Hurricanes are famous for the "eerie calm" inside the eye of the storm. On one episode of The Simpsons, a hurricane passes over Springfield, and Homer ventures outside when the eye arrives, thinking the storm is over. A few moments later, he's almost blown away and his family has to drag him back into the basement.
Choppy markets almost always have their own "eye of the storm," a period when it seems like it might be okay to get back in the market.
Earlier this month the market made just such a gesture, recovering almost half of its prior losses, but it soon failed again, as you can see below.
Unlike a hurricane, which only has one eye, weak markets can do this fake-out multiple times before they really recover. So don't be like Homer and rush outside at the first sign of calm--be patient and wait until you're sure the storm is really over. Wait it out.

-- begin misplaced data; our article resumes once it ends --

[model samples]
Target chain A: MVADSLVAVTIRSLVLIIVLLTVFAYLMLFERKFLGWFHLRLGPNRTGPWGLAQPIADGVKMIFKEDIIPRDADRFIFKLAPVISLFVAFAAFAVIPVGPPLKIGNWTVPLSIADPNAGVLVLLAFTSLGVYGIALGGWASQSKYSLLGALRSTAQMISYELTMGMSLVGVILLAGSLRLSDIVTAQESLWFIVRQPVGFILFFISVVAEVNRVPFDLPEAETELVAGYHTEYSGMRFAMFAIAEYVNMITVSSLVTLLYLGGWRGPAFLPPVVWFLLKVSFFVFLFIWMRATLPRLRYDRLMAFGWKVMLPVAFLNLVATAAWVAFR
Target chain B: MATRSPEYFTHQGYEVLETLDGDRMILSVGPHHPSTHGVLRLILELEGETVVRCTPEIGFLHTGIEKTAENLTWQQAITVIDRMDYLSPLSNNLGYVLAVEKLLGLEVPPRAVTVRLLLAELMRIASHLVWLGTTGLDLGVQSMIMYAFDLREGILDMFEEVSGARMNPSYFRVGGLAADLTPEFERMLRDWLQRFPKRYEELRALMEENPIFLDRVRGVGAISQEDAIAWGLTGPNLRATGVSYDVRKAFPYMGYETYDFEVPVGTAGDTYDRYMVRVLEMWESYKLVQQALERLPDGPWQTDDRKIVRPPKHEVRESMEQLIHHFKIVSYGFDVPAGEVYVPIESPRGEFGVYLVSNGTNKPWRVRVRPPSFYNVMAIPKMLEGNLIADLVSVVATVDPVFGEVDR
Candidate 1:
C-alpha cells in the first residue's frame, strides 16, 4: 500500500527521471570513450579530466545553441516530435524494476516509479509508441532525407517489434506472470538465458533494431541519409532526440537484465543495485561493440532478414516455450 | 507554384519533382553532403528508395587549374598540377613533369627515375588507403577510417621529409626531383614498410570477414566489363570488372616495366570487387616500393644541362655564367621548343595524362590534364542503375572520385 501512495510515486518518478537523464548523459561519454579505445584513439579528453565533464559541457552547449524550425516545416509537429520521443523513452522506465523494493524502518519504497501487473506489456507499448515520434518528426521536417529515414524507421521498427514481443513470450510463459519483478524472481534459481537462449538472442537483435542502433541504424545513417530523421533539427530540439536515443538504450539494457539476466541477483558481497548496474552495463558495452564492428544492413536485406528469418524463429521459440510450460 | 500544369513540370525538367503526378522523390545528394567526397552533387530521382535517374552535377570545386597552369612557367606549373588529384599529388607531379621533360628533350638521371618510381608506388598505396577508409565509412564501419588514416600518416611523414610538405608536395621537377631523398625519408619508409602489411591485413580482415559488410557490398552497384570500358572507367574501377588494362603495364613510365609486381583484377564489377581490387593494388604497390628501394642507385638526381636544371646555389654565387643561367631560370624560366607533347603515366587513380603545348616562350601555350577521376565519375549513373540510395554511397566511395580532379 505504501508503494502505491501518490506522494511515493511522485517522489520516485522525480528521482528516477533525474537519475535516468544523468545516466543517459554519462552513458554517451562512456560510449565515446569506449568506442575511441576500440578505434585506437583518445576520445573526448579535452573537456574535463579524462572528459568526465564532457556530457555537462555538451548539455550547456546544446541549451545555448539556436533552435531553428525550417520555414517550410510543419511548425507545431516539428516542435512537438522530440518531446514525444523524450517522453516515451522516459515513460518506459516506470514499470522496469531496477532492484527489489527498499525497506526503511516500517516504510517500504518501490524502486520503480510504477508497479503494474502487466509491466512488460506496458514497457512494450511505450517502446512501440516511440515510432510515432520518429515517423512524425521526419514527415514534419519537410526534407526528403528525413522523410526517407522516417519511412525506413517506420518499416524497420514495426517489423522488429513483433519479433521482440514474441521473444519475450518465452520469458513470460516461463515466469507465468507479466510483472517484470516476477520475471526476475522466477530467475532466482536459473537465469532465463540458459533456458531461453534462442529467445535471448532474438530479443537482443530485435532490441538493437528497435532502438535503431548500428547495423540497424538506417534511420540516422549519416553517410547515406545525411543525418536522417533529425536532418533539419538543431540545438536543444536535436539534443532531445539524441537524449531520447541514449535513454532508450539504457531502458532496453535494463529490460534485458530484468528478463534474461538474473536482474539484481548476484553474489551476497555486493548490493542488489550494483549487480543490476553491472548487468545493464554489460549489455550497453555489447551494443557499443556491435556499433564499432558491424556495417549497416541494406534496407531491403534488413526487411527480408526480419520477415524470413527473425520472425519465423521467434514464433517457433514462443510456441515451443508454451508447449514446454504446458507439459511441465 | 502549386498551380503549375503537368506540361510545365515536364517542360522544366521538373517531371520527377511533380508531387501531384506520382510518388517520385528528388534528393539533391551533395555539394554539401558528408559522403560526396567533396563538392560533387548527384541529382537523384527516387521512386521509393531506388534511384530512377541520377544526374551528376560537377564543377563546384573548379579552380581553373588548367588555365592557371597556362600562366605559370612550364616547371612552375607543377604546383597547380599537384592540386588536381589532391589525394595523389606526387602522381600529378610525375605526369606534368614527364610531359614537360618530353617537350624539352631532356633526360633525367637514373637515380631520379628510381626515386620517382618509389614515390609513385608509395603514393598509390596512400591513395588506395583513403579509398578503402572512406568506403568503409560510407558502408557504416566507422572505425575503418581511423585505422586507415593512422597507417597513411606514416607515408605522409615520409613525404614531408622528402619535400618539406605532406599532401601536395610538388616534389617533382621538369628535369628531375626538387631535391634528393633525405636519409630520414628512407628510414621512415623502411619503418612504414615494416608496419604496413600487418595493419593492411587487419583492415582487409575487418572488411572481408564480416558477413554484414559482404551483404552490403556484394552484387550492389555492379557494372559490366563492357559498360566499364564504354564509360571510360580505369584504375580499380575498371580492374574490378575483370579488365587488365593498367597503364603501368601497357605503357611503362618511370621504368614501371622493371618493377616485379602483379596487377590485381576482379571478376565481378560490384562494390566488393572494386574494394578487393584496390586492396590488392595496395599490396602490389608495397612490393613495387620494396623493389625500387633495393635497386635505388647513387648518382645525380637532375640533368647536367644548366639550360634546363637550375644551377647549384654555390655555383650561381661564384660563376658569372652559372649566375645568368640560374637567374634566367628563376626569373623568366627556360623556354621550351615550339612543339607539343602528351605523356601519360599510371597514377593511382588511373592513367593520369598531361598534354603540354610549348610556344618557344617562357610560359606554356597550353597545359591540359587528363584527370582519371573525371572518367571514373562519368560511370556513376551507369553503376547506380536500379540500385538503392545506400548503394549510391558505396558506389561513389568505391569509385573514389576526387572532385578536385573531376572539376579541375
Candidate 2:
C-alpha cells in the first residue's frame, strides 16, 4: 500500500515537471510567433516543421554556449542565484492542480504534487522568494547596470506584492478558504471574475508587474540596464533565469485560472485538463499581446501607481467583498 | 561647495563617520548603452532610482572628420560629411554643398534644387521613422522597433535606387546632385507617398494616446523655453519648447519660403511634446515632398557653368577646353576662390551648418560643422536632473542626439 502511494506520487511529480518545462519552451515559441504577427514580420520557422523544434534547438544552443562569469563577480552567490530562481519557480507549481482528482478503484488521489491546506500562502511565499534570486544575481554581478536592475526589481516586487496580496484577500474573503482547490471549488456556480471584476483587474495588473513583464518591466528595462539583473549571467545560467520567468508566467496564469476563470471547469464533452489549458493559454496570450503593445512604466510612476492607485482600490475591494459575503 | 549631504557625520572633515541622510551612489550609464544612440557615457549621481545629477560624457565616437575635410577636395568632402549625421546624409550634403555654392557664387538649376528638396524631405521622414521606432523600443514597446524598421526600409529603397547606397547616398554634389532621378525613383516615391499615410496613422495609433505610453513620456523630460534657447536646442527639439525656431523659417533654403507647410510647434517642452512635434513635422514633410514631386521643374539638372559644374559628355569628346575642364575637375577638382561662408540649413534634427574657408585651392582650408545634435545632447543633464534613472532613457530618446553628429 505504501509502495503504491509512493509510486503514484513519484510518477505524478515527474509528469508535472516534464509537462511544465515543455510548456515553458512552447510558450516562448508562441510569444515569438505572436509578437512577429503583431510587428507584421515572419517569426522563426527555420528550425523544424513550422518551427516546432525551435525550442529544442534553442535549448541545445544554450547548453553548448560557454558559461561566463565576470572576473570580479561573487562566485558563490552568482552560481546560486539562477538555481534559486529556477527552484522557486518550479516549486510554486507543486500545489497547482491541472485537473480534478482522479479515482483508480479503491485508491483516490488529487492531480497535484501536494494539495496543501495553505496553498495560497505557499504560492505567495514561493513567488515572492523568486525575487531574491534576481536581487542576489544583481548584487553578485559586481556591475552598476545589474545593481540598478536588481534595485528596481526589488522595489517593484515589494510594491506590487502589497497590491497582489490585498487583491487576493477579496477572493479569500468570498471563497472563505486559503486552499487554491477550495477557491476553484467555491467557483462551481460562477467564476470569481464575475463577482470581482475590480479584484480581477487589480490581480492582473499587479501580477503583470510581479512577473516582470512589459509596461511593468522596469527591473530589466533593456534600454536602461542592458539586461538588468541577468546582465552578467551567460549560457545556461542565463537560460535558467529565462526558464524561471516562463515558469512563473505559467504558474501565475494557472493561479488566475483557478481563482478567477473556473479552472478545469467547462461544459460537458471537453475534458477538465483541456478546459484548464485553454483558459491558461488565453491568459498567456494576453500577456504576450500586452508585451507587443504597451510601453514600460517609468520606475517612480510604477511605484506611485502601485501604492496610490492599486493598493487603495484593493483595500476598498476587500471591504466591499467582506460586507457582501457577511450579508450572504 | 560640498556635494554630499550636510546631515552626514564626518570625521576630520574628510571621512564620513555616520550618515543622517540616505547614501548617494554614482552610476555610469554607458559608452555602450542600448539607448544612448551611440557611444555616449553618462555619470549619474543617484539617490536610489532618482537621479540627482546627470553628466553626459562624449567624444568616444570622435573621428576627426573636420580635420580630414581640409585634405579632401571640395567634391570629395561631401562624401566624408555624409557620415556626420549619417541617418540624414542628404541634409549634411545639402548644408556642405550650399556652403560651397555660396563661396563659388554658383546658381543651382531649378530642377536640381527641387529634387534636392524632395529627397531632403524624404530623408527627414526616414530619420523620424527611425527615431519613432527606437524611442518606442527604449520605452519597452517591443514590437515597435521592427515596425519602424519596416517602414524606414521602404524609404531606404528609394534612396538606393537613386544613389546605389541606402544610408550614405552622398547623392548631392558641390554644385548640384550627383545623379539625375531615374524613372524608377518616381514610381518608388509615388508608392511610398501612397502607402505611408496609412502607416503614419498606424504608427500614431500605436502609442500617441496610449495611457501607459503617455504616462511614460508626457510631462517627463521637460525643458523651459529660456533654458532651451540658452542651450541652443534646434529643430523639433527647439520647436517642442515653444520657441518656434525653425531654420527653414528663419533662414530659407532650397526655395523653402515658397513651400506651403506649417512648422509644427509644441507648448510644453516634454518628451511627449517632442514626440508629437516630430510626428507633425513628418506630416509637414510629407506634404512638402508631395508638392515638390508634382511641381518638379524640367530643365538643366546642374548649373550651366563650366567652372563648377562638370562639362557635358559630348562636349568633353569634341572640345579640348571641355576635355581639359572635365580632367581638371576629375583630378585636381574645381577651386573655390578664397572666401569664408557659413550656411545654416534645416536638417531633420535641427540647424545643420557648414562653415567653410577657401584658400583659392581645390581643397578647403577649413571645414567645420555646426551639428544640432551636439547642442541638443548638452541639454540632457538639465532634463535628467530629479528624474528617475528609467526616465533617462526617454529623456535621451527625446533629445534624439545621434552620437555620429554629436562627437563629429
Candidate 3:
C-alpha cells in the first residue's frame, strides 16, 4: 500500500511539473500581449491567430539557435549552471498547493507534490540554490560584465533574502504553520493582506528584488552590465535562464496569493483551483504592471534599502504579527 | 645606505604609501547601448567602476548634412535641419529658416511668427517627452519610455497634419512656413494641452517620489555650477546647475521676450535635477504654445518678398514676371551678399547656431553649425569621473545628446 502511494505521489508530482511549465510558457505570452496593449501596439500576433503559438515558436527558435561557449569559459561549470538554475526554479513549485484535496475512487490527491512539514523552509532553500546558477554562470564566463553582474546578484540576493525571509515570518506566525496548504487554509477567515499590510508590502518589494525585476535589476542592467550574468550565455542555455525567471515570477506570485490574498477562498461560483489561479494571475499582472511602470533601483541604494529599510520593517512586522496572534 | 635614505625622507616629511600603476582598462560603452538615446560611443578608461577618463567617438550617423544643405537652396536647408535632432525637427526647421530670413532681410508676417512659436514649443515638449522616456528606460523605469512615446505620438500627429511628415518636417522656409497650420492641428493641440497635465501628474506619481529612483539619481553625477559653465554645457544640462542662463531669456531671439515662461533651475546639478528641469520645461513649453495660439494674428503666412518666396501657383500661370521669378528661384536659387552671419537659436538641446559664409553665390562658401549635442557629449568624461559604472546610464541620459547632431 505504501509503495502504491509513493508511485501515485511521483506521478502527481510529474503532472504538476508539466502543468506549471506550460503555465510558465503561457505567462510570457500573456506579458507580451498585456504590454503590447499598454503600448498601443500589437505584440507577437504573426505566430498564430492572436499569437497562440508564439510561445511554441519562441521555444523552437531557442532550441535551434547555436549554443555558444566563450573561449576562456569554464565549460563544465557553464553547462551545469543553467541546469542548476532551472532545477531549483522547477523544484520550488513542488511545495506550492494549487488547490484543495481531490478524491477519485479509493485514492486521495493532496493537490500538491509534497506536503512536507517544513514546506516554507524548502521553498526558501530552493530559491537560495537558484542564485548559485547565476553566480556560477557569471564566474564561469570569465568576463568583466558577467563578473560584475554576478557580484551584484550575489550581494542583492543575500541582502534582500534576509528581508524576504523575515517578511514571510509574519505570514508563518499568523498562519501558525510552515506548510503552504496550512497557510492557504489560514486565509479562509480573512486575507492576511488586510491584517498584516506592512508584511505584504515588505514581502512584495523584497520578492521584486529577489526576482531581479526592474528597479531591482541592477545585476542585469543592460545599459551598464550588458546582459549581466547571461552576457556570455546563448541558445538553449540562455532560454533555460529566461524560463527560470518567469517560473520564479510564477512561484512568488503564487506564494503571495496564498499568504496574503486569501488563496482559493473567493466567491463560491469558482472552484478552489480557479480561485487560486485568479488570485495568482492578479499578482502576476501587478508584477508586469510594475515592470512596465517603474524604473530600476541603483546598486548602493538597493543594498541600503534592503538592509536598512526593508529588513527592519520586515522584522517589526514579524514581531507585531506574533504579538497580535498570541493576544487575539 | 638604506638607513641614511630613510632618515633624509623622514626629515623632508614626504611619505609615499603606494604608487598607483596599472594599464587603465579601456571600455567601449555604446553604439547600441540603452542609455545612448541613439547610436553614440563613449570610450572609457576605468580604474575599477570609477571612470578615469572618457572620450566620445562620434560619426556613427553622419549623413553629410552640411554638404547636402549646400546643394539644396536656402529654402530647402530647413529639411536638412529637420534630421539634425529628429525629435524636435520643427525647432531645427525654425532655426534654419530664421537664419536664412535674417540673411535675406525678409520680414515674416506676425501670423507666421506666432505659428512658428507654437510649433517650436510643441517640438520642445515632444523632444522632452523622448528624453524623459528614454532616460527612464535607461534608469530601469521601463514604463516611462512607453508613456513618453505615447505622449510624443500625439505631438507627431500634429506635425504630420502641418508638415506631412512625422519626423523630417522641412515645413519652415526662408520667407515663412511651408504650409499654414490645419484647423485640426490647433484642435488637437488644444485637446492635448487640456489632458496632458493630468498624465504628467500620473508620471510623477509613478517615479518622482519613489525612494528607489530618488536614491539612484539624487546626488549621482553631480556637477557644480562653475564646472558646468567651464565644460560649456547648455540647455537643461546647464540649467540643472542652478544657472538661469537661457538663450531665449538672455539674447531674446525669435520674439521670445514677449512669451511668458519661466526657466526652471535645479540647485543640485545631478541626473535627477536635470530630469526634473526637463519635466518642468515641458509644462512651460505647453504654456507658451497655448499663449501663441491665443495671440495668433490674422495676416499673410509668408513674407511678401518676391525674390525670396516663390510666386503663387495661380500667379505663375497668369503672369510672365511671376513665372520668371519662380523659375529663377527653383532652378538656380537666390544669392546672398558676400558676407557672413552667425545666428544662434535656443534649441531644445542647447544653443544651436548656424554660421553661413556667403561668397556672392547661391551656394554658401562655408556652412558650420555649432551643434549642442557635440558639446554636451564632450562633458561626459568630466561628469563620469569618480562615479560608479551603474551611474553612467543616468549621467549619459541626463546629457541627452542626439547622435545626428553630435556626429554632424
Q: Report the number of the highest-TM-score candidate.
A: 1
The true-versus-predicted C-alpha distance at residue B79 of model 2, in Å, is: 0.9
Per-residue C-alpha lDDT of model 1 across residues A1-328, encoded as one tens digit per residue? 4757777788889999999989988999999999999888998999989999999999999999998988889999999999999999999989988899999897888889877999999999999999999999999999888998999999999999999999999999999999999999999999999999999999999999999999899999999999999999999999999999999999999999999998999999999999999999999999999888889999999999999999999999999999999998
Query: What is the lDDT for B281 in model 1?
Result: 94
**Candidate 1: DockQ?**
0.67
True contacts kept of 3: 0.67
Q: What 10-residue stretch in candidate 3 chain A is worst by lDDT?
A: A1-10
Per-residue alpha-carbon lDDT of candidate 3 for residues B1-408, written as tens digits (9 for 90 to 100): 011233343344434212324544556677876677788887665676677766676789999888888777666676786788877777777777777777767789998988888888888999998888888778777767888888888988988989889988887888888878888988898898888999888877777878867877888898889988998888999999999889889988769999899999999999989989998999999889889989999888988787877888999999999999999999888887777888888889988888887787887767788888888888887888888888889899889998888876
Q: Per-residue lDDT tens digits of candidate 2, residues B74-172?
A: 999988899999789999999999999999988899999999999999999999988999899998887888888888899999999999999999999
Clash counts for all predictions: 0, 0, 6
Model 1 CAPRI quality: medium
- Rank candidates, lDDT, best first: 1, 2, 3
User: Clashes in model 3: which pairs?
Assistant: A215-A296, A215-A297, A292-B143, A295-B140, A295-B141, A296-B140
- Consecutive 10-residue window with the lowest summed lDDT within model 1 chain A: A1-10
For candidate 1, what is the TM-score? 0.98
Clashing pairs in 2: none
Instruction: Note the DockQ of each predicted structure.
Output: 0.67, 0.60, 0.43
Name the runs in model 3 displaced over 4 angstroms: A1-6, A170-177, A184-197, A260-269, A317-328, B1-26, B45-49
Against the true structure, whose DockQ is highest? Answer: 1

I know a lot of these rules are no fun: sit on your hands, wait it out, stay calm. Isn't there anything you can do to take advantage of the storm? One entrepreneurial New Yorker picked flashlights on Saturday; he set himself up outside a hardware store with a box of them for sale.
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Investors have a way to benefit from stormy weather as well. The iPath S&P 500 VIX Short-Term Futures ETN (VXX) outperforms when market volatility is high. It was recommended by not one, but two experts in the most recent Dick Davis Investment Digest.
Here's what Benjamin Shepherd, editor of Global ETF Profits, wrote: